As a member of the Nursing Leadership Board, Ginger Love, nurse coordinator in UC's hematology-oncology division, is helping to develop national guidelines for managing multiple myeloma therapy side effects.
Sometimes conquering the side effects of cancer treatment can be more difficult than the initial diagnosis or fear of recurrence.
That challenge is especially acute for the more than 100,000 Americans living with myeloma, a disease that affects plasma cells (white blood cells) produced by disease- and infection-fighting B lymphocytes in the bone marrow.
Although myeloma is not curable, experts say promising new medical treatments are increasing long-term survival for patients with the disease.But these new therapies come with side effects that can discourage patients from finishing treatment: drowsiness, weakness, stomach pain, dizziness, constipation and diarrhea are among the most common.
Nurses and the oncologists they work for are faced with the challenging task of helping patients manage these side effects and improve their overall quality of life.
"This is an exciting time in myeloma care because new therapies are working and patients are starting to live longer after diagnosis," says Ginger Love, an oncology nurse who recently joined the UC Barrett Cancer Center at University Hospital. "Taking the patient off a therapy that could save their life because the side effects are too intense should only be the last option."
According to the American Cancer Society, about 20,000 Americans will be diagnosed with multiple myeloma in 2007.
A type of blood cancer, multiple myeloma causes the body to overproduce clusters of abnormal plasma cells that cannot perform their normal duties of fighting off bacteria and viruses. As a result, healthy platelets and red and white blood cells have little or no room to grow.
Serious complications-including increased susceptibility to infections, easy bone breaks and uncontrollable bleeding from minor cuts-can greatly impact a patient's ability to live a full life.
"It's critical that oncology nurses-both in major medical centers and smaller community clinics-understand how to manage those symptoms," Love says.
Love is among an elite group of 20 nurses from across the United States selected in 2006 by the International Myeloma Found-ation (IMF) to participate in itsNursing Leadership Board.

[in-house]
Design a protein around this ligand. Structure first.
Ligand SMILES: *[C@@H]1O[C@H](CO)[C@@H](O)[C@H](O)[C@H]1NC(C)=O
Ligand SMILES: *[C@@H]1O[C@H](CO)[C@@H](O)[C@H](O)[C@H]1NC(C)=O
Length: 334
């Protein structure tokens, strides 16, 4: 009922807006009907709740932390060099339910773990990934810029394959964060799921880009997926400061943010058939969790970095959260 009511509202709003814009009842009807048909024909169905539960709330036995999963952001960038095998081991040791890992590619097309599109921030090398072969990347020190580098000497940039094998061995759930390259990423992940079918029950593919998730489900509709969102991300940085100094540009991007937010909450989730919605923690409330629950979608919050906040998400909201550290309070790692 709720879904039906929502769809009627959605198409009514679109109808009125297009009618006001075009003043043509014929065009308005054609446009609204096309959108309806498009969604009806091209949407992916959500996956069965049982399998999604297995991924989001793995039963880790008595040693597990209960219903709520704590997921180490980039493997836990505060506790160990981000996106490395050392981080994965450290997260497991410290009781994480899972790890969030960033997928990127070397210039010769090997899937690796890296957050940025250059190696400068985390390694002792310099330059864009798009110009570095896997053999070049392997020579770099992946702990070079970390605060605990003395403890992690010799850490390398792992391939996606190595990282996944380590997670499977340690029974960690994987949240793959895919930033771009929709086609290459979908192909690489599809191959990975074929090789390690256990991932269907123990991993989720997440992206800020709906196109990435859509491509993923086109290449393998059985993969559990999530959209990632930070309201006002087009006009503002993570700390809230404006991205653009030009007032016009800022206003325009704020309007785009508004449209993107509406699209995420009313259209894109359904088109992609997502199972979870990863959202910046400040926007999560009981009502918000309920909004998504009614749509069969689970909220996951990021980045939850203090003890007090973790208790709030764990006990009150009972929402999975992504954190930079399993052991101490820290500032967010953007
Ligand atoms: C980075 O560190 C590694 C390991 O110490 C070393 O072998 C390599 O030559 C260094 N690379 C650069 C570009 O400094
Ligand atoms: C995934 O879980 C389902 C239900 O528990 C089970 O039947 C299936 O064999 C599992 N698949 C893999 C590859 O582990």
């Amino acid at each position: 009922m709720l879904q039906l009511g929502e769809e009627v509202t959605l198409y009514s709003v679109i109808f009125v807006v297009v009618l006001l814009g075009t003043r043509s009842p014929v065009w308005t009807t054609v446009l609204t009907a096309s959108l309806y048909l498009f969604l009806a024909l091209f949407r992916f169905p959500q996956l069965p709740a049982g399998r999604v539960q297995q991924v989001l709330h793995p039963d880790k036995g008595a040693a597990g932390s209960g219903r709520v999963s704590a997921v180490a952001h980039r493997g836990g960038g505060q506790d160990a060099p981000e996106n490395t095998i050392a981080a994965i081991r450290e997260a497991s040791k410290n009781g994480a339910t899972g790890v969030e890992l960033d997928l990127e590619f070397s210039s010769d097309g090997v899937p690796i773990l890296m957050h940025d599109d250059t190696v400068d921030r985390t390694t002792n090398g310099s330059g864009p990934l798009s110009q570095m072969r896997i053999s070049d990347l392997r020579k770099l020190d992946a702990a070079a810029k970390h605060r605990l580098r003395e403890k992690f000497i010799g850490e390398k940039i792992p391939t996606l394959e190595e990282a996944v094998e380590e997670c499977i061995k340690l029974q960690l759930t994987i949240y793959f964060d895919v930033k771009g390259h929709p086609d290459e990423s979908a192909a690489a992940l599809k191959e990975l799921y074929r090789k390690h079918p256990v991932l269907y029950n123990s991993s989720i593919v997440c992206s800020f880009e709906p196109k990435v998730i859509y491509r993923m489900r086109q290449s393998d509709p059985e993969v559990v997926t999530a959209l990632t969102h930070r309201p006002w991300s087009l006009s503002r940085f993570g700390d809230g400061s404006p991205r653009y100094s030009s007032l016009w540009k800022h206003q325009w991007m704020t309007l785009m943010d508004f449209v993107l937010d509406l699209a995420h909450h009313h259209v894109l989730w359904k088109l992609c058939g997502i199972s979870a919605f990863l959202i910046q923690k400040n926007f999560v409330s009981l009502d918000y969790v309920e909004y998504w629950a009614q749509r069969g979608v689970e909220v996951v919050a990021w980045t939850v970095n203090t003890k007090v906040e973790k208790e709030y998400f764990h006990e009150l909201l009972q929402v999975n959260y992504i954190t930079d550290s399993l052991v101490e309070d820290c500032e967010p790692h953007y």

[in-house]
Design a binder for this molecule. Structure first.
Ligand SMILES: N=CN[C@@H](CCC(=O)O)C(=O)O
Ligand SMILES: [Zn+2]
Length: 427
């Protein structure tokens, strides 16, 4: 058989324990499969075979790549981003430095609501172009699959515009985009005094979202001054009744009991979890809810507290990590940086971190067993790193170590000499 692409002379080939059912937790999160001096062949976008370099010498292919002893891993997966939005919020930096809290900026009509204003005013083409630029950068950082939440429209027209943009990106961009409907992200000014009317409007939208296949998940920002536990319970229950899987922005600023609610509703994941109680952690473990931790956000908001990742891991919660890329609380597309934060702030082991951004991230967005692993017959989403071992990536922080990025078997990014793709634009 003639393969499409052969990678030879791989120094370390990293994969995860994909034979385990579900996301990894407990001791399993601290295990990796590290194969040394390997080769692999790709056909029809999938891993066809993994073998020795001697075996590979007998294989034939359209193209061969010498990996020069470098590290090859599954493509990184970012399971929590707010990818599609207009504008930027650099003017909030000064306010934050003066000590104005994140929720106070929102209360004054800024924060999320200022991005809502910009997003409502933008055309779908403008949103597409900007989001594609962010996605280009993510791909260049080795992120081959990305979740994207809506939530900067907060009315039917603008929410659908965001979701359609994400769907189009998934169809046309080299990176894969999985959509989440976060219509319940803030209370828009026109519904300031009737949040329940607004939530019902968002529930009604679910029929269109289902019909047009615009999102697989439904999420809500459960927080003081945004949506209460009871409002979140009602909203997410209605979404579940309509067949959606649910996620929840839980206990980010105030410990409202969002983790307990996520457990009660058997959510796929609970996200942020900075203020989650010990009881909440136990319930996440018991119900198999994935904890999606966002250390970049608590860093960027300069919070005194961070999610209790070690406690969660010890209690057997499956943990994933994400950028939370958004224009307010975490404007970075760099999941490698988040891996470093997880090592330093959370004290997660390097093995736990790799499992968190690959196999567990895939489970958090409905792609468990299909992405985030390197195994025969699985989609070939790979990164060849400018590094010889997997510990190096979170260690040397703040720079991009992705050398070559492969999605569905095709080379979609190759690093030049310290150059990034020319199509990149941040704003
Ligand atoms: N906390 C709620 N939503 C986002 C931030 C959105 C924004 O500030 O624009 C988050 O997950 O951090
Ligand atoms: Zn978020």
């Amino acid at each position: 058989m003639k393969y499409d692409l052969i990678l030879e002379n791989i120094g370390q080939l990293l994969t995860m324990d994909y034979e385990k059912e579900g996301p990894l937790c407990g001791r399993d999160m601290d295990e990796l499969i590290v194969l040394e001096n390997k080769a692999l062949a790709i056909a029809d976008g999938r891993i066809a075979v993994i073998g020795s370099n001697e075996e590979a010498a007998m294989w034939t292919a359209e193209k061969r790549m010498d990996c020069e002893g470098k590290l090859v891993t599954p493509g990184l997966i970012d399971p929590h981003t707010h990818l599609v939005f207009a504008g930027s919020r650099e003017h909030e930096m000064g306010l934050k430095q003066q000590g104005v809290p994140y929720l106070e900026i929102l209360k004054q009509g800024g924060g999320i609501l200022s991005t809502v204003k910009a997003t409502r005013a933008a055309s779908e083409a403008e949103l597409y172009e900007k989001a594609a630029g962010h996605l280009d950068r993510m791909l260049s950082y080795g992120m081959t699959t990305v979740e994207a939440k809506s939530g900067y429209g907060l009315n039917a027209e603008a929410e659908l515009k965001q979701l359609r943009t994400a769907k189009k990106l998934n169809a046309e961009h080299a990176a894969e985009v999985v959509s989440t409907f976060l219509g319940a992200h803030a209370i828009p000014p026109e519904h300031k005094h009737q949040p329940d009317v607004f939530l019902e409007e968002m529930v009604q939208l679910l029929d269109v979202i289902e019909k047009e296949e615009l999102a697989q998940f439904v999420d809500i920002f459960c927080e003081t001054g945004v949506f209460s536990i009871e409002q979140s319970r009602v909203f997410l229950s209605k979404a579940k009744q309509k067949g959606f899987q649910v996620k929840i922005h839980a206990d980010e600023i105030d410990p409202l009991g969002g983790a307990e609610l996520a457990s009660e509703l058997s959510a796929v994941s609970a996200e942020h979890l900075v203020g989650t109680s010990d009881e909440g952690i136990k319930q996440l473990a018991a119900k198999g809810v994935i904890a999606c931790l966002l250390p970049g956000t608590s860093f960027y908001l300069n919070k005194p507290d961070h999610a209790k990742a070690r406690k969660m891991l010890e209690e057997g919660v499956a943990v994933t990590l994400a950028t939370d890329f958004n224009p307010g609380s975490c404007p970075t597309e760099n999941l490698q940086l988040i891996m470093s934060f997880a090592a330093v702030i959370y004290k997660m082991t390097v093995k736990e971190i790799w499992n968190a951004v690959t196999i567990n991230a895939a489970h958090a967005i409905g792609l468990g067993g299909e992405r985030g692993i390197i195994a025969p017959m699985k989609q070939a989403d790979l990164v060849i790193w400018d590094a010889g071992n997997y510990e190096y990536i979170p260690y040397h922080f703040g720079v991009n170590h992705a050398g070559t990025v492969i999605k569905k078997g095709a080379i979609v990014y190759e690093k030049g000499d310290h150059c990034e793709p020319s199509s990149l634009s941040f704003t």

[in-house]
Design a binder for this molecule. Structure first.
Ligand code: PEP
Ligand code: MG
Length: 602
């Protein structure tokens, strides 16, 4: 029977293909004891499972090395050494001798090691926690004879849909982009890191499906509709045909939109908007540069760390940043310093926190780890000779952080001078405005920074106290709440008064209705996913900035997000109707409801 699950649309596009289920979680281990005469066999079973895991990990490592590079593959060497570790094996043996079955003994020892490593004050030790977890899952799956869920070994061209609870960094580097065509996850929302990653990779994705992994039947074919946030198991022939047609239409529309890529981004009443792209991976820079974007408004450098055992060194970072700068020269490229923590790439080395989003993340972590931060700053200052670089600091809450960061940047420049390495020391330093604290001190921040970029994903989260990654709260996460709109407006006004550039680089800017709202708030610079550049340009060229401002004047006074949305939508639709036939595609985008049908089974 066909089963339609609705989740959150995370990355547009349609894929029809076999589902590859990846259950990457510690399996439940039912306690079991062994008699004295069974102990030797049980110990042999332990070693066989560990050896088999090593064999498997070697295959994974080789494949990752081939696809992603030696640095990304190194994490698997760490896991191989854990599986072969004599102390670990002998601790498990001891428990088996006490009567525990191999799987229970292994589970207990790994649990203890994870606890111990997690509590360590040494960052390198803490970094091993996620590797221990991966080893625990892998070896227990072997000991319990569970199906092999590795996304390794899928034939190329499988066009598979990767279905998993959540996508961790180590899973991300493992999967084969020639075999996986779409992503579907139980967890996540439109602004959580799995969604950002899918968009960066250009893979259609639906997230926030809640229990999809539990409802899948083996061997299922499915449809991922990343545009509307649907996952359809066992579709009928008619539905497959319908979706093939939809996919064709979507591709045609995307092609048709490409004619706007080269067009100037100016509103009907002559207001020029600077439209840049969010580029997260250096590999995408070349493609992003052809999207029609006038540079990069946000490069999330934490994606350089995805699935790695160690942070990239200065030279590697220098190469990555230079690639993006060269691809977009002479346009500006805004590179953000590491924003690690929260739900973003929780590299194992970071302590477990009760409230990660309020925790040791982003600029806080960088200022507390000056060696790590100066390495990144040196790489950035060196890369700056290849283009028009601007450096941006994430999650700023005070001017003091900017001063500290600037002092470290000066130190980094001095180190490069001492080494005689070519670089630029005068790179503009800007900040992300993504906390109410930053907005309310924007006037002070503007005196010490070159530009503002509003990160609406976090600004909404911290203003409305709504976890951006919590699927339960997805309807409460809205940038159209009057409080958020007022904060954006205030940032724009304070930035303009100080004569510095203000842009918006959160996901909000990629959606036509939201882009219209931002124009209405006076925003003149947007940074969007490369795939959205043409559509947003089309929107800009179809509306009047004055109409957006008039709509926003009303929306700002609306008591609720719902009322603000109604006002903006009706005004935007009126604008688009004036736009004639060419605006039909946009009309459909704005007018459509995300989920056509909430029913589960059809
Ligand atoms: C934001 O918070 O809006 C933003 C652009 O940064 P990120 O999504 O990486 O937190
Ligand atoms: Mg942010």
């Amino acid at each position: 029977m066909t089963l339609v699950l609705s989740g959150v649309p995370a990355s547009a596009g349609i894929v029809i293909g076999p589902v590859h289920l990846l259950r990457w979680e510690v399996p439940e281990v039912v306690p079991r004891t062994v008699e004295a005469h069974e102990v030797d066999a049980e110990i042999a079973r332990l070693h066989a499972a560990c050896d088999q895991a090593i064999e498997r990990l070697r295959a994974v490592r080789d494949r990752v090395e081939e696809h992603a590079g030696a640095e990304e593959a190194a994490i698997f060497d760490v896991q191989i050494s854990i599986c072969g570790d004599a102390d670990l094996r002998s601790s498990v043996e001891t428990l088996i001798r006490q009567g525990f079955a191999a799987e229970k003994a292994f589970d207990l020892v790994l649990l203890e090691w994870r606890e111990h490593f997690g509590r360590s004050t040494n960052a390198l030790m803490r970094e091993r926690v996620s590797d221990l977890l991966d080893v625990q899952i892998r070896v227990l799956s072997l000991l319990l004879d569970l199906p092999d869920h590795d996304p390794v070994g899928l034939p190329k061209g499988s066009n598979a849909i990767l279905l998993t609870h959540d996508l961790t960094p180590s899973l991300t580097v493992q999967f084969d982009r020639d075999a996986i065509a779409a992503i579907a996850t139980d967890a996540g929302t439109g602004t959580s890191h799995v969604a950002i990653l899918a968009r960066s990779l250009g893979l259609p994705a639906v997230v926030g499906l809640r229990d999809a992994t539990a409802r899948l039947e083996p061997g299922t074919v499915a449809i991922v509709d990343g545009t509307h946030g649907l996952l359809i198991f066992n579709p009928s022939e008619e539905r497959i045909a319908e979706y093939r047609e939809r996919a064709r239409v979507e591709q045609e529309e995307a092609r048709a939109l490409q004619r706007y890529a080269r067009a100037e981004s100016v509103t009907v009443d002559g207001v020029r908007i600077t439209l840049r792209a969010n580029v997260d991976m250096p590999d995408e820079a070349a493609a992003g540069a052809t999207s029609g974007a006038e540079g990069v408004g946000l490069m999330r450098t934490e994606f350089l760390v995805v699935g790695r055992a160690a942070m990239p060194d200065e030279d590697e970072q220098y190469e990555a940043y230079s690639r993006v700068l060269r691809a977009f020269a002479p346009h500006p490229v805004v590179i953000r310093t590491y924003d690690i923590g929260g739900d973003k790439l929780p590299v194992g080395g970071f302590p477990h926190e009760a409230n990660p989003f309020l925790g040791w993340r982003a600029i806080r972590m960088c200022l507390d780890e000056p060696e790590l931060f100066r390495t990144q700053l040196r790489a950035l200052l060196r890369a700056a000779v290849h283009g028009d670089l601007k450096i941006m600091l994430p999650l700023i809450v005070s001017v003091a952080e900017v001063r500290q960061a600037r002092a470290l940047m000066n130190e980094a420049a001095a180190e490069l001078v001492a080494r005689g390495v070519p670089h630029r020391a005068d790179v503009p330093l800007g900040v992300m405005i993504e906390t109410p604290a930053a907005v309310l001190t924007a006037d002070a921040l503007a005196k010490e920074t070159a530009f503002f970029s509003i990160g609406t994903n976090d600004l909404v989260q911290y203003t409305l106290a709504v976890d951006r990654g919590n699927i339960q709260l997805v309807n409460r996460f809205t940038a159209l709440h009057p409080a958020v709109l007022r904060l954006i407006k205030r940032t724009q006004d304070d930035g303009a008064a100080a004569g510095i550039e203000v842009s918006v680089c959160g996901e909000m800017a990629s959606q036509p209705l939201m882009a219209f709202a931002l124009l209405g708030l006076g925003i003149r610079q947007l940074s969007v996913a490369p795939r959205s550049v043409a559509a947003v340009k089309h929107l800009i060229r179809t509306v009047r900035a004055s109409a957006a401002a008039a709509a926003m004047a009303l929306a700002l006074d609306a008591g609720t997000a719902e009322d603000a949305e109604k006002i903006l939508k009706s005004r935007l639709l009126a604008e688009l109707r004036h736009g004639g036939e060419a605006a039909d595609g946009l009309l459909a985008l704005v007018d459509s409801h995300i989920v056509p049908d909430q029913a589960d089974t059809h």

Board members share their knowledge and experience in an effort to educate other nurses about managing the side effects associated with treating this complicated disease.
"Oncology nurses play a major role in the ongoing care of cancer patients," says Love, who also serves as nurse coordinator in UC's hematology-oncology division.
"Although the physicians make the key decisions about care, it's usually the nurses who actually implement it and help patients manage their symptoms."
As part of the Nursing Leader-ship Board, Love has worked for the past year to help create treatment protocols and therapy side-effect management guidelines that nurses can use day-to-day in caring for myeloma patients.
To tackle this task, board members were split into four teams that concentrated on developing protocols for managing a specific side effect associated with new drug therapies.
Love's team was charged with addressing peripheral neuropathy (PN), a condition that damages the nerves and often results in patients feeling numbness, tingling or discomfort in their hands and feet.
The way PN is managed, however, depends on whether it is induced by myeloma or as a side effect of treatment.
New guidelines developed by Love and her colleagues recommend patients who show early signs of PN receive nutritional supplements including B-complex vitamins, folic acid and certain amino acids prior to treatment. If a patient already has the condition, tricyclic antidepressants might be a better approach.
Full guidelines developed by the Nursing Leadership Board will be published in an upcoming issue ofJournal of Supportive Oncology. They will also be available through the IMF at www.myeloma.org.
The hematology-oncology division is part of a joint cancer program involving the UC College of Medicine, Cincinnati Children's Hospital Medical Center and University Hospital.
The collaborative initiative brings together interdisciplinary research teams of caring scientists and health professionals to research and develop new cures, while providing a continuum of care for children, adults and families with cancer.